You know those writers you admire who are crazy, creative and ready to change the world?
Have you ever wondered what it takes to be a writer like that?
Well the truth is they all belong to a secretive, invitation-only club that’s as uncompromising as anything Tyler Durden could dream up.
It’s called Write Club.
While insomnia and a brash, slightly crazy alter-ego aren’t requirements for joining, you still must adhere to some rules.
(Don’t worry; not talking about the club isn’t one of them!)
Noticeably lacking in mischief, mayhem, and soap, the eight rules of Write Club offer a no-BS look at common pitfalls that ail many writers, and their blunt styling is something even Chuck Palahniuk can appreciate.
If you’re looking to make this whole content thing work for you and wish to avoid being the all-singing, all-dancing crap of the world, make sure you follow them closely.
Rule #1 — You Do Not Publish Crappy Content
This has been and will forever remain the first and most important rule of Write Club.
If it isn’t magic, it doesn’t ship.
You’re better off creating a great piece of content once a week rather than publishing something of questionable quality every day.
Great writing happens as a result of research, editing, and sleeping on it, so don’t succumb to the pressure of hitting publish when you just aren’t ready; your writing (and your reputation) will suffer for it.
Rule #2 — You Do NOT Publish Crappy Content
Yes, it’s important enough to list it twice.
When Wharton published a paper on What Makes Online Content Viral, do you know what the big takeaways were?
- Practically useful content gets shared.
- Content that evoked high arousal emotions was more likely to go viral.
Taking a closer look at #2, we discover that the high arousal emotions were Awe, Anger, Anxiety/Fear, Joy, Lust, and Surprise.
With just these two takeaways, can you honestly say that a majority of your content is both practically useful and interesting enough to evoke an emotional reaction?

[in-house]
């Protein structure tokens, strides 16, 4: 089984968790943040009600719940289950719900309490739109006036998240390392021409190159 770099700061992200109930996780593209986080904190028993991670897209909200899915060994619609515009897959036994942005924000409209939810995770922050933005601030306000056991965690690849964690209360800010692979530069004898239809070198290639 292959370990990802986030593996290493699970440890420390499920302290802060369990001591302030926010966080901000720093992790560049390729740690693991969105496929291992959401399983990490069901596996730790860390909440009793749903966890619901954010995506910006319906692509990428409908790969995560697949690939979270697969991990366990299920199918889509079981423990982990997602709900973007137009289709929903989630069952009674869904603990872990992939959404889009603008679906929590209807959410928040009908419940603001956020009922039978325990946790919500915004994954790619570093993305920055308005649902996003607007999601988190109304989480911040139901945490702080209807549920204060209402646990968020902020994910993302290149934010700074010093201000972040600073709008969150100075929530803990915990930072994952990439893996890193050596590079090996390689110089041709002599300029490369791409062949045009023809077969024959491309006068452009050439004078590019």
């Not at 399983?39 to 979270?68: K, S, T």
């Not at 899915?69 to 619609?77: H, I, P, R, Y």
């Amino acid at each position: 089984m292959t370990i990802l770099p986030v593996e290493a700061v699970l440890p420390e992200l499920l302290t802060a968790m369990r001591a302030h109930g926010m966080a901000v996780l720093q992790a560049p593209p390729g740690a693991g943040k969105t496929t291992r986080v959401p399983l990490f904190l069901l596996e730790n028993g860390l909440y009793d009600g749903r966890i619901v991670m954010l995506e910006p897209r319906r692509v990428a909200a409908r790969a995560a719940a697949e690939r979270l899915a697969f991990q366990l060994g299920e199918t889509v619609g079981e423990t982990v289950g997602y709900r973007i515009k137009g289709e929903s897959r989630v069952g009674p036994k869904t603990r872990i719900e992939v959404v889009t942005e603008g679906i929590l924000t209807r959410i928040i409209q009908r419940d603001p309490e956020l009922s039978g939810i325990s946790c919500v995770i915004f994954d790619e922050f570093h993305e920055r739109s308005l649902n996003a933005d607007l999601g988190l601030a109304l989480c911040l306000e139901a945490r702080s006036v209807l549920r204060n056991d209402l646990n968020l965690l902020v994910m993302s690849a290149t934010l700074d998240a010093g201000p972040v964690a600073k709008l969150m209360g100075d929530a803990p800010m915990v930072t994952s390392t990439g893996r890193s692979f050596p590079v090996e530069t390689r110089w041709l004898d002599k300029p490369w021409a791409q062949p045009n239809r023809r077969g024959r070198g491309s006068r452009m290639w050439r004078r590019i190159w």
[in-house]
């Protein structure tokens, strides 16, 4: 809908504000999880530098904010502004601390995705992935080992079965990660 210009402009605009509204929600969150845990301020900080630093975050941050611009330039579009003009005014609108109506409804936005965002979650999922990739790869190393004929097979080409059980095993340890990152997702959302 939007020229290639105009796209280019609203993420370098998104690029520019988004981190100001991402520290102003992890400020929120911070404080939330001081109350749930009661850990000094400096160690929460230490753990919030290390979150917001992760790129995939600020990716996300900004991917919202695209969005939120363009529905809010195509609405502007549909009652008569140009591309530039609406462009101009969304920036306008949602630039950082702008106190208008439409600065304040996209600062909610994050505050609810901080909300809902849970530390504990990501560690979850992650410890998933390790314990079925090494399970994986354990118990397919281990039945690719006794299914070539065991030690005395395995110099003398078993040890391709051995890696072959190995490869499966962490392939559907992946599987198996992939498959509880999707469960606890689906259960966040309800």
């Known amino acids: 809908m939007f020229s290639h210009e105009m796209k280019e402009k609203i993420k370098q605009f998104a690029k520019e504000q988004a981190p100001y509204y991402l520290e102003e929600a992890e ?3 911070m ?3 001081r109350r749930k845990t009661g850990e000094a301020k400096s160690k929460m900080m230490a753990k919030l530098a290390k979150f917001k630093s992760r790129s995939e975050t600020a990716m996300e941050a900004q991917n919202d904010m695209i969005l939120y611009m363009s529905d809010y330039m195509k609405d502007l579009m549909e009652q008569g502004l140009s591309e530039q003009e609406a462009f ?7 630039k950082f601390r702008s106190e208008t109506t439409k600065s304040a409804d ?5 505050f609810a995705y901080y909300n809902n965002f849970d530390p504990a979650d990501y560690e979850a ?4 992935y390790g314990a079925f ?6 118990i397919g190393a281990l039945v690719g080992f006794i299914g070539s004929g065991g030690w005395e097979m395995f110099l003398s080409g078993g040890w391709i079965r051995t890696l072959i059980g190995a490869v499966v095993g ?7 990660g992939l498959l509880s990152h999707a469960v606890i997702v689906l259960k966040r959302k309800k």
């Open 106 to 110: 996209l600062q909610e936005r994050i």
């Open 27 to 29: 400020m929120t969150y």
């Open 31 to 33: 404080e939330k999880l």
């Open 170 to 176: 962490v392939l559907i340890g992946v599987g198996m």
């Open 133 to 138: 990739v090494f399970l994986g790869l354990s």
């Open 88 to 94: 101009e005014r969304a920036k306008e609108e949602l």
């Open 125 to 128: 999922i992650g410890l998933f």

You should know by now that you can’t stand out online unless you chase after your inner remarkability and view vanilla content as a sin punishable by death.
Just because a piece is technically sound doesn’t mean it isn’t a bore to read, so I say to you again, “Do not publish crappy content.”
Rule #3 — If You Say, “Stop,” Tap Out, or Go Limp, Your Writing Career is Over
You better be ready to fight, because Write Club is not for the meek.
Just don’t lose your nerve or your resolve – the world is waiting to read what you have to write, and when the time comes, they’ll buy what you have to sell.
But it won’t come easy.
Don’t become complacent, and don’t let Kevin Costner Syndrome (“If I build it, they will come.”) stop you from putting in the necessary legwork to lift a fledgling blog off the ground. Just like members of Fight Club, you’ve got homework to do, and promoting yourself is just something you’ll have to get comfortable with.
Last but not least, fight the fear that tries to knock the wind out of you before you even begin. Years later, you’ll be glad you started now.
And remember, this is your life, and it’s ending one word at a time, so make ’em count.
Rule #4 — Only Two People at a Time
“But I want to write for thousands of people!”
I want that for you as well, but if you ignore this rule, you’ll end up writing for no one.
Before you try to create an audience with your writing, you must first decide who you want in the seats.
If you don’t decide what audience you want, you’ll get one you don’t want.
So what should you do?
Write as if it’s just you and someone else.
You’ll never choose your words more carefully than when you create a sense that your words were meant for a specific person.
I personally use a technique called Customer Profiling to create an extensive dossier on my ideal readers, customers, and brand advocates. When you know a prospect as well as they know themselves, you can speak to them as if you’ve been friends your whole life.
Rule #5 — One Fight at a Time
The web is a double-edged sword. It’s given us a potent tool to get our writing seen without being chosen by some pretentious publisher, but it also serves as the biggest distraction that takes us away from our work.
Combined with other good problems such as having an abundance of supportive emails from subscribers in your inbox, you can easily see why a typical writer’s day involves about as much procrastinating as it does writing.
Even genuinely productive people can get caught up in having too many unfinished projects at once. Despite your workload, when the time comes to put the words on the page, you need to stick to one fight at a time.
Hell, even the research says that multitasking is bad for you: “People who multitask are not being more productive – they just feel more emotionally satisfied from their work.”